7. June 20, 2018 9:58 pm

    Reblogged this on WeatherAction News and commented:
    As someone beside me just stood “That’s why you shouldn’t have your weather gauges in London” but clearly they know nothing as they aren’t intravenously linked to ambulance chasing and rent seeking.

    Hopefully some traction will be gained on looking at UHI for CET as TonyB has alluded to recently.

    • Duker permalink
      June 21, 2018 1:30 am

      Once coastlines had a chain of manned lighthouses who took daily temperature and weather readings. Now mostly automated and readings unwanted. But then daily weather prognostication became a staple of TV and even more temperature readings were needed in the heart of cities ( I kid you not- Wellington NZ had the meteorological service HQ on higher ground on a windy ridge above the city centre, but the City fathers implored them to have a daily temperature readings done among the city high rises as it was warmer and would make their fair city seem more salubrious ). Airlines are big buyers of weather reports so weather stations were often moved right in the heart of the airport terminals.
      The end result of all this ‘gerrymandering’ is temperature components for a natural climate record is now pretty hard to come by.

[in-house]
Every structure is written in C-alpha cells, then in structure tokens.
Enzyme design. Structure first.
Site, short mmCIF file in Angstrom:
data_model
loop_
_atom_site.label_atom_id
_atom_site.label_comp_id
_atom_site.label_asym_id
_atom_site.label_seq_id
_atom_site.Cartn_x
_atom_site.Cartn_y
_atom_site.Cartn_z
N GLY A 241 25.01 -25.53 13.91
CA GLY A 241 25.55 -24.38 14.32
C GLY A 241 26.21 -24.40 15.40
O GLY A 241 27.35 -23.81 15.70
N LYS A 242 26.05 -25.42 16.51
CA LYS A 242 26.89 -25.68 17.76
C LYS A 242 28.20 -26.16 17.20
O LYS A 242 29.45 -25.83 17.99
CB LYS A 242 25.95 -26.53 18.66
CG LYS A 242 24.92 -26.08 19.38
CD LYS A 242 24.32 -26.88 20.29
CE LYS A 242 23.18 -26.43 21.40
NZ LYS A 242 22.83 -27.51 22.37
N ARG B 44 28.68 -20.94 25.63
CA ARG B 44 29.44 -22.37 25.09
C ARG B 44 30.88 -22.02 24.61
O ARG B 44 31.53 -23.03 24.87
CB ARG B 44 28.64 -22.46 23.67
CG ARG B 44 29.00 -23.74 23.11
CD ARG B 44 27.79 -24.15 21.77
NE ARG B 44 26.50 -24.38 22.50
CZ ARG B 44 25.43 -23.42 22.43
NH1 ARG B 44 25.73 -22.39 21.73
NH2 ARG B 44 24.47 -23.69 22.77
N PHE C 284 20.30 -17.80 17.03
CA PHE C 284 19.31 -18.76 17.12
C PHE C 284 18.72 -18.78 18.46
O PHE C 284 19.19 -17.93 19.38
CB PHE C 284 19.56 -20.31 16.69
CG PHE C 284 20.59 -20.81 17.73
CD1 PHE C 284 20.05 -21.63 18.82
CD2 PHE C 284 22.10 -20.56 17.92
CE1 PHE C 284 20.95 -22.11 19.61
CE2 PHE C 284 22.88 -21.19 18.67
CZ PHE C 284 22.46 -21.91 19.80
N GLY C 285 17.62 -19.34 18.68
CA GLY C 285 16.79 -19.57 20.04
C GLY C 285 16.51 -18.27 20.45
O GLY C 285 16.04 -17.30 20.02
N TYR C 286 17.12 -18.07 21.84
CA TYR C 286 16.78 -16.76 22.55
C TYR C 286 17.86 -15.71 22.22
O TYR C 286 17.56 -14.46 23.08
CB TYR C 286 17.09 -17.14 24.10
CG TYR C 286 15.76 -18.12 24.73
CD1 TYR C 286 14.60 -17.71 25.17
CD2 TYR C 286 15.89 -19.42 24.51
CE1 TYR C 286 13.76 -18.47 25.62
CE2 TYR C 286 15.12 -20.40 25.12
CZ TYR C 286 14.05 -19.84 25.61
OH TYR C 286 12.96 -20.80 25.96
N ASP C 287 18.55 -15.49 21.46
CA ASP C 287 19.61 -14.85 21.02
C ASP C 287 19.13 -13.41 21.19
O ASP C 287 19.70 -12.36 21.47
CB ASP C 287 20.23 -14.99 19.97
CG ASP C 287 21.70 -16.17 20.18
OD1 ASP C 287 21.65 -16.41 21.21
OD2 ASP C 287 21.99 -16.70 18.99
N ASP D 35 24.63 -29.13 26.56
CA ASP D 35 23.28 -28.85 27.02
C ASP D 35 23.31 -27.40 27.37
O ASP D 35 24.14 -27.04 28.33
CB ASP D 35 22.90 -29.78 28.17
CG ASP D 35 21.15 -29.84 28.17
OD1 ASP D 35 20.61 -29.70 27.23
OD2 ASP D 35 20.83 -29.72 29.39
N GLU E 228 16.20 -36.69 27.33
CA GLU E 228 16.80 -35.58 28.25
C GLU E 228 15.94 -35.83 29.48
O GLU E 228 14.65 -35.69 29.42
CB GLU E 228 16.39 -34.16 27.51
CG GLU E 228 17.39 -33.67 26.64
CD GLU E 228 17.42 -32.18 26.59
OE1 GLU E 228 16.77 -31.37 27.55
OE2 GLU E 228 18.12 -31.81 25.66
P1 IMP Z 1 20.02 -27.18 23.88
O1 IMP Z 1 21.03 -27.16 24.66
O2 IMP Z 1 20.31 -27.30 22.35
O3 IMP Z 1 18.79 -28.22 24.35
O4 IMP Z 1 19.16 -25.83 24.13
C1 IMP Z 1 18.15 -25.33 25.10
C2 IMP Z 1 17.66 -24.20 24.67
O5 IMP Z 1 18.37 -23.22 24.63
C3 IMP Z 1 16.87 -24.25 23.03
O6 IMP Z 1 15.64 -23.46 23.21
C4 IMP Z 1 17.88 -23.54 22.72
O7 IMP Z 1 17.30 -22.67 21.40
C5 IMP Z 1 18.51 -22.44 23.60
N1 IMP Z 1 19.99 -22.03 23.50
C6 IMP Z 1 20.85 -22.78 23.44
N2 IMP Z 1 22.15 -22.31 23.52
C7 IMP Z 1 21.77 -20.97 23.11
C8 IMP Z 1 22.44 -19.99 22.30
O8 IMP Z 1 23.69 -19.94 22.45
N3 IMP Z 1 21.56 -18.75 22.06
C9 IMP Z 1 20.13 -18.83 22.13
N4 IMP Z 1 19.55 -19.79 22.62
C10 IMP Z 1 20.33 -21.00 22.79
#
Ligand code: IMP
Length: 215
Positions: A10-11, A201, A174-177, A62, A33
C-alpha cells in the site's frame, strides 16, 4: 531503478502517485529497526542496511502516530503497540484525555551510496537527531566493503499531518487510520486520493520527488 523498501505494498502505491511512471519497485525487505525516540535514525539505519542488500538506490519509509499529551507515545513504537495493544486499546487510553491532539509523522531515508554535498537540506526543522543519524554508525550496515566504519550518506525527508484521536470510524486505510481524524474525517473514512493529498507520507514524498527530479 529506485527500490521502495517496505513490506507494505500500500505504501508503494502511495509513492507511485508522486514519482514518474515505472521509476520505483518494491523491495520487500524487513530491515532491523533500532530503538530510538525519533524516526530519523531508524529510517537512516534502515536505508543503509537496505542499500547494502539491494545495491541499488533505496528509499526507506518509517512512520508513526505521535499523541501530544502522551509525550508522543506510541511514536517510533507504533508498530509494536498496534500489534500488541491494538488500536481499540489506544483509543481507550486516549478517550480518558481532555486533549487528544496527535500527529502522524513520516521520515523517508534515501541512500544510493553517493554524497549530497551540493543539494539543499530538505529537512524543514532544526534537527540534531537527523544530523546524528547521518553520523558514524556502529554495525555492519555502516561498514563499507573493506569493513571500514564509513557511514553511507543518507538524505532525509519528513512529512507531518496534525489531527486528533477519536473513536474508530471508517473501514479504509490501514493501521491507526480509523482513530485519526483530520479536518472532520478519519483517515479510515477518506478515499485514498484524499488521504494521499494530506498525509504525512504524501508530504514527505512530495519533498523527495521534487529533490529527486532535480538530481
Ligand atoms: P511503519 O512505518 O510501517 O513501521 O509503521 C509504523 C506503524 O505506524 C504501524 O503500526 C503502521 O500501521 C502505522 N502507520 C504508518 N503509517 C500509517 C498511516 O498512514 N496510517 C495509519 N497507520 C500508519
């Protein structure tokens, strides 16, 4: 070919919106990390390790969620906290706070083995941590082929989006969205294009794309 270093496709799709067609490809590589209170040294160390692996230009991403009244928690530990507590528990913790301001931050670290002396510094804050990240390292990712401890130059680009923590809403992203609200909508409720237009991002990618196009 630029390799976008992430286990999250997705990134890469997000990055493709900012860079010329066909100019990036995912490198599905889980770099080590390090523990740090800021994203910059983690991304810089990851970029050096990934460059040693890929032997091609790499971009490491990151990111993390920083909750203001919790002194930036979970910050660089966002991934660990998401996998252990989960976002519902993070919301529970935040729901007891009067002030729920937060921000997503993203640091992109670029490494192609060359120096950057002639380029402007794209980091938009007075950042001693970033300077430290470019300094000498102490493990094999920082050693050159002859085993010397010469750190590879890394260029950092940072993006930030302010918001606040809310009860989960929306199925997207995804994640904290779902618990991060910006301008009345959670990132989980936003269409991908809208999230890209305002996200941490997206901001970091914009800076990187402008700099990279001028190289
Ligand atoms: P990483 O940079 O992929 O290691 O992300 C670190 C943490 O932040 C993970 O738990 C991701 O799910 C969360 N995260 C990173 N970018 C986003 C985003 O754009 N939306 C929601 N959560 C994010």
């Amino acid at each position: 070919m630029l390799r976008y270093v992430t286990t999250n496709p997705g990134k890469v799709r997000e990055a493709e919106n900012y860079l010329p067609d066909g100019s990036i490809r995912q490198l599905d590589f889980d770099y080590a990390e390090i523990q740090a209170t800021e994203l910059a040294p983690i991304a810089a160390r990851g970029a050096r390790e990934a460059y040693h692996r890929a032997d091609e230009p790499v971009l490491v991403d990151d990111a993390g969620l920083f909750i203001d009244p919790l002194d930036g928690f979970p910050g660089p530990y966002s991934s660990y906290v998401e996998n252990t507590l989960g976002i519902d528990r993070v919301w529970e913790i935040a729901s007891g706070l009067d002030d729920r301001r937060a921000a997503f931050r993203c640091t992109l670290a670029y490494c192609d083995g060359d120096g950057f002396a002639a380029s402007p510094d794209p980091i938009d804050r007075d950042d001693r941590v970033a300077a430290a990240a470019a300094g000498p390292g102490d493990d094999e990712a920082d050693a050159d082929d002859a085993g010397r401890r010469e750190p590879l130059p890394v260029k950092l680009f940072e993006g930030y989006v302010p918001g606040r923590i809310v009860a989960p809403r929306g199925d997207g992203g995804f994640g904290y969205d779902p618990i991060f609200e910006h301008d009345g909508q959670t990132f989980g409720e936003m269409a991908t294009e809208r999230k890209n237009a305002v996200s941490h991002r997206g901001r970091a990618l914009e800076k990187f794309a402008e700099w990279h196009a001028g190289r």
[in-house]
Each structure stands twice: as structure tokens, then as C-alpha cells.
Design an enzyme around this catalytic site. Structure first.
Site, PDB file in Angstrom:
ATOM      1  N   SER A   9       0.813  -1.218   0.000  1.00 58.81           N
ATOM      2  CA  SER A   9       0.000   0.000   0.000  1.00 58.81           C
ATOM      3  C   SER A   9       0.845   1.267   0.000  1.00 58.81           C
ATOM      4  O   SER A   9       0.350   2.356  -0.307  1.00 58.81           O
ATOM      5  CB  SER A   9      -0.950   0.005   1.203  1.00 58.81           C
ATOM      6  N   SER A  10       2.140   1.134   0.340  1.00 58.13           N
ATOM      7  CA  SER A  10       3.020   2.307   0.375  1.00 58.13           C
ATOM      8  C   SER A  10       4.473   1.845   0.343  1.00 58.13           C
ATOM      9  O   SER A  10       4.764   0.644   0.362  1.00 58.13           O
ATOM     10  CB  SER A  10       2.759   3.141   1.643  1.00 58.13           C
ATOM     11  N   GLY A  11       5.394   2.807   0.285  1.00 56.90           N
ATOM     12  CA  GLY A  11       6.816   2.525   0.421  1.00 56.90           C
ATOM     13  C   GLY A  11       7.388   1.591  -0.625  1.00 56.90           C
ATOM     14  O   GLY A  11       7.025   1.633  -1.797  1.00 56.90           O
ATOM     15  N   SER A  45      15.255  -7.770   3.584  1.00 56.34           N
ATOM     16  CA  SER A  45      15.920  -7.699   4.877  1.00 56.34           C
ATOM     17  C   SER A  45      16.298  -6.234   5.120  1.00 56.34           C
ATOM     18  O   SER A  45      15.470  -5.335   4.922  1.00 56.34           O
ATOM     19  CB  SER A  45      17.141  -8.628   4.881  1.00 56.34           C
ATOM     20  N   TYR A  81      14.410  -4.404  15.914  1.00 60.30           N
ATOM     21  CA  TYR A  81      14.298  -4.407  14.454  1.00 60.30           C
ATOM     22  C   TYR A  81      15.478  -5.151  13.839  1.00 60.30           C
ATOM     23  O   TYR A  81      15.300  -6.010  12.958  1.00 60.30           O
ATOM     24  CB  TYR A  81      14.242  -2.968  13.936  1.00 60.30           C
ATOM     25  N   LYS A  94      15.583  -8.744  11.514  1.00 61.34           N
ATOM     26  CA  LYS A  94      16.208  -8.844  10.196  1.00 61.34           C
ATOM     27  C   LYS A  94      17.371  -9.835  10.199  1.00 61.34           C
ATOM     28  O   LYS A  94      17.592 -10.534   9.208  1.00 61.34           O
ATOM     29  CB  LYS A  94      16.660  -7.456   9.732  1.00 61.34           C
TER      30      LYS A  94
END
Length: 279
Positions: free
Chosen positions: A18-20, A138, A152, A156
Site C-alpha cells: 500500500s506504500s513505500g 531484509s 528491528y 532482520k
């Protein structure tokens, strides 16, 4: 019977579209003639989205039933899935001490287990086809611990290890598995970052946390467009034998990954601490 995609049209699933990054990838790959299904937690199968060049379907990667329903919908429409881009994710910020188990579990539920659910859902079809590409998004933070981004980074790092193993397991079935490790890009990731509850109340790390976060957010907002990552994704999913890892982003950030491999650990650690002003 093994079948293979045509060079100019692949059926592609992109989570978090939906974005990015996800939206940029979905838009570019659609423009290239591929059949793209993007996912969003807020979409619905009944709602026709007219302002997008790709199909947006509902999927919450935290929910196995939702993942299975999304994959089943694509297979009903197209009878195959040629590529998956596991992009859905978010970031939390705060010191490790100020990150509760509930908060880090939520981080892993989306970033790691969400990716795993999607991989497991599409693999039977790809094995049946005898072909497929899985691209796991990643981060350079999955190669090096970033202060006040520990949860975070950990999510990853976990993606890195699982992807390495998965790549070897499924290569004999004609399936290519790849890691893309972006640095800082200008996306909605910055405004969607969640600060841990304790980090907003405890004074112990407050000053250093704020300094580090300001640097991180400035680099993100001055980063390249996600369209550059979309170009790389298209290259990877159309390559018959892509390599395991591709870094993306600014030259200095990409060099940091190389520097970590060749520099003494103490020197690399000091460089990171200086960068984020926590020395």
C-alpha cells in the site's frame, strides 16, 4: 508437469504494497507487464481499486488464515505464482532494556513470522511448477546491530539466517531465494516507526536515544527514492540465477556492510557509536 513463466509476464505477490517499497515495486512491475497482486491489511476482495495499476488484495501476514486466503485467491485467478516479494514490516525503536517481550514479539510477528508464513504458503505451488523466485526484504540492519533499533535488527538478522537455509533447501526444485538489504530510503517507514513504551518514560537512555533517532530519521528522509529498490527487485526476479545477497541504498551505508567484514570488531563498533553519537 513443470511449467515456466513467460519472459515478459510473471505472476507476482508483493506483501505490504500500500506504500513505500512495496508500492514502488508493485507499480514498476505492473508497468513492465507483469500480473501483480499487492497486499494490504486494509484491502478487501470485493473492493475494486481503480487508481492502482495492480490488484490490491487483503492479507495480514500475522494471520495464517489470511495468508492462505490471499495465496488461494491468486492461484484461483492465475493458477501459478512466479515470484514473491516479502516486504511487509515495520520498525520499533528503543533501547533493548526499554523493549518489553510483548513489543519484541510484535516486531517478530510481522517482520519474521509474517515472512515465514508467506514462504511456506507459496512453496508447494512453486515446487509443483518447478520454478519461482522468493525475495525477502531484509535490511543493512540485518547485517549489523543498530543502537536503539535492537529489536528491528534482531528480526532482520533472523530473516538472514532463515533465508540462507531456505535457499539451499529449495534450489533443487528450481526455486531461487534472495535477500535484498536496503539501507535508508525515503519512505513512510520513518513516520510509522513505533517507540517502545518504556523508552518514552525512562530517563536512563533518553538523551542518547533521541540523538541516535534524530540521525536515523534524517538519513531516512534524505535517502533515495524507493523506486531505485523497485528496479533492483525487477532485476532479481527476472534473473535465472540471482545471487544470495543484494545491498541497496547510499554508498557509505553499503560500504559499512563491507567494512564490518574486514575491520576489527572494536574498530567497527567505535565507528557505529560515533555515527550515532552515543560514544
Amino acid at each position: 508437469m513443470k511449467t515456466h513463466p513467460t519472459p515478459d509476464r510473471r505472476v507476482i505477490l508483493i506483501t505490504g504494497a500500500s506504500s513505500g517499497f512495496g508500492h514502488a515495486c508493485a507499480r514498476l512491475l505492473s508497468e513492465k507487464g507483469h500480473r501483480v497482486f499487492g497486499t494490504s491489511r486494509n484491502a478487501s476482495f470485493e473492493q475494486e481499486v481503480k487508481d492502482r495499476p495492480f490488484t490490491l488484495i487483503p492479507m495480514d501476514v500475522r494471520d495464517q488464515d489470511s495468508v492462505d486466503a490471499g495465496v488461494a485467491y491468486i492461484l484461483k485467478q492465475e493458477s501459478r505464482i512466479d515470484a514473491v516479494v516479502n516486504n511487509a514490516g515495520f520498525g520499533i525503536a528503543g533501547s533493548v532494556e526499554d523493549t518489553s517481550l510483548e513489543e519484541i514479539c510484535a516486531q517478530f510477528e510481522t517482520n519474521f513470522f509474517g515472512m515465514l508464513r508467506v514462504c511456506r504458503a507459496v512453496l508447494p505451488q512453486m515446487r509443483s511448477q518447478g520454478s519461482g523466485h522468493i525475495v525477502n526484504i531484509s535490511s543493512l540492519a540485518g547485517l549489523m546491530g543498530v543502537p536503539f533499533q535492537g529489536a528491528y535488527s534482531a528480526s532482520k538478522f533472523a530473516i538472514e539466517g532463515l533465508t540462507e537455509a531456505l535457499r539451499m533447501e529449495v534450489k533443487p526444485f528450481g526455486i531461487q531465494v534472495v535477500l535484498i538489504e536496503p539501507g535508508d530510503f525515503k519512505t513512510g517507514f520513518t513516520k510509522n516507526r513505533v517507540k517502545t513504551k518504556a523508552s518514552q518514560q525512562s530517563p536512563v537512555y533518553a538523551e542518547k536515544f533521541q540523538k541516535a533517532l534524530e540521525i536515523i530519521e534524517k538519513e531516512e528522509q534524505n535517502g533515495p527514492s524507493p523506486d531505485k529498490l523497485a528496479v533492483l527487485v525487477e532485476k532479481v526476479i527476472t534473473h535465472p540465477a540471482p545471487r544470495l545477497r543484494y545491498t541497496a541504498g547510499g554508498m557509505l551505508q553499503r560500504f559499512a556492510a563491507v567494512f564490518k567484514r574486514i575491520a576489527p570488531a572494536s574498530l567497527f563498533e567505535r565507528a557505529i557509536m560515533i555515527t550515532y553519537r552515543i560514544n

8. June 20, 2018 10:30 pm

    The BBC discovered it years ago; in a series about a Victorian walled garden.They showed how to grow peaches in a walled garden. 3 thermometers were placed in the garden; one against a brick wall, one in the open, and one in the shade. Oddly enough the difference between the wall and the shade was 5 degrees and you put the peach tree against the red brick wall.

  9. Ian Johnson permalink
    June 21, 2018 8:55 am

    This may be relevant.

    Dear Ian

    Thanks for the email.

    I’ve spoken to some of the forecasters here and the reason is likely to be because of all the concrete – it is an example of an urban heat island. This is something that can happen with towns and cities which tend to be warmer than the surrounding countryside.

    You can find out more about that here – http://www.bbc.co.uk/weather/feeds/33810884

    Best wishes

    Ros
    BBC Weather

    —–Original Message—–
    From: Ian Johnson
    Sent: 20 October 2016 18:21
    To: Weather
    Subject: Contact Us feedback – Website

    Why is Heathrow airport so often the UK hotspot?

  10. Steve Borodin permalink
    June 21, 2018 9:47 am

    The BBC may discover truth and integrity eventually but don’t hold your breath.

  11. Gerry, England permalink
    June 21, 2018 12:53 pm

    Well, well, well, a difference of 5 degrees. Matching exactly what I see when driving out of the suburbs of an evening back into the country. I recall that one of the climate crooks Jones claimed that it was only 1 degree and was allowed for.

  12. Ben Vorlich permalink
    June 22, 2018 7:52 am

    To give the BBC their due the weather forecasts usually imply UHI when talking about rural areas and Scottish Glens and “several” or “3 or 4” degrees difference.

  13. M E permalink
    June 24, 2018 1:00 am

    Beer Brewing and carbon dioxide recycling. https://www.automationworld.com/beer-brewing-and-carbon-dioxide-recycling.